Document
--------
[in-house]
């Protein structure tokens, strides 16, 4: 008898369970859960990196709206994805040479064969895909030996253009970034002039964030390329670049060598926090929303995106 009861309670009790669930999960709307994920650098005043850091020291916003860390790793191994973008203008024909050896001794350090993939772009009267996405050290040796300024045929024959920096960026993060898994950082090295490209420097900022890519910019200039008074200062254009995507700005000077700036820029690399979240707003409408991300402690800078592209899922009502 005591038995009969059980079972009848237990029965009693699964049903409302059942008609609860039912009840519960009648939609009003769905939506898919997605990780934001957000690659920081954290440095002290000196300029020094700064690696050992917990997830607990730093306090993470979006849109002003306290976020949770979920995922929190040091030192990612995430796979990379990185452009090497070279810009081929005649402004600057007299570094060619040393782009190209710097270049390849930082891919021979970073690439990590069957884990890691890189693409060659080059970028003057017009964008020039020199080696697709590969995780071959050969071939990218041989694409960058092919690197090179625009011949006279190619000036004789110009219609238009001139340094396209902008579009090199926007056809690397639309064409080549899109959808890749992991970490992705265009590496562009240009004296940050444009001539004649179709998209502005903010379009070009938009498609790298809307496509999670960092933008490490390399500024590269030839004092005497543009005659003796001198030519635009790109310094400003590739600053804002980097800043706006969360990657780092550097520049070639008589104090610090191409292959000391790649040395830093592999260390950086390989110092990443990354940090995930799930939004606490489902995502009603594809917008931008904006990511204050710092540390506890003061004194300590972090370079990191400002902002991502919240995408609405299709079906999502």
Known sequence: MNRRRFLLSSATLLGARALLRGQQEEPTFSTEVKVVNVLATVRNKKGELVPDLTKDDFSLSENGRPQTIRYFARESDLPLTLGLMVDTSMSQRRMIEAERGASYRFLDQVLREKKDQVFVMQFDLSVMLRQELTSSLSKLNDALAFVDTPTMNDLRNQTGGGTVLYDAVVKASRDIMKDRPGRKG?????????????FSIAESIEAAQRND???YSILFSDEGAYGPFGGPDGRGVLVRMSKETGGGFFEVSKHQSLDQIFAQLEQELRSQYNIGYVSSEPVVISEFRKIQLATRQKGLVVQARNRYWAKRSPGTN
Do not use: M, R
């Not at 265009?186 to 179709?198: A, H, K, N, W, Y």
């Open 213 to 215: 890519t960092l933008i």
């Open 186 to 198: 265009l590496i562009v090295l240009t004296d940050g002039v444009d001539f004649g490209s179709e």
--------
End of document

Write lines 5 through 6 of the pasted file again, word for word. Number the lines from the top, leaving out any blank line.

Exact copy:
């Not at 265009?186 to 179709?198: A, H, K, N, W, Y």
């Open 213 to 215: 890519t960092l933008i």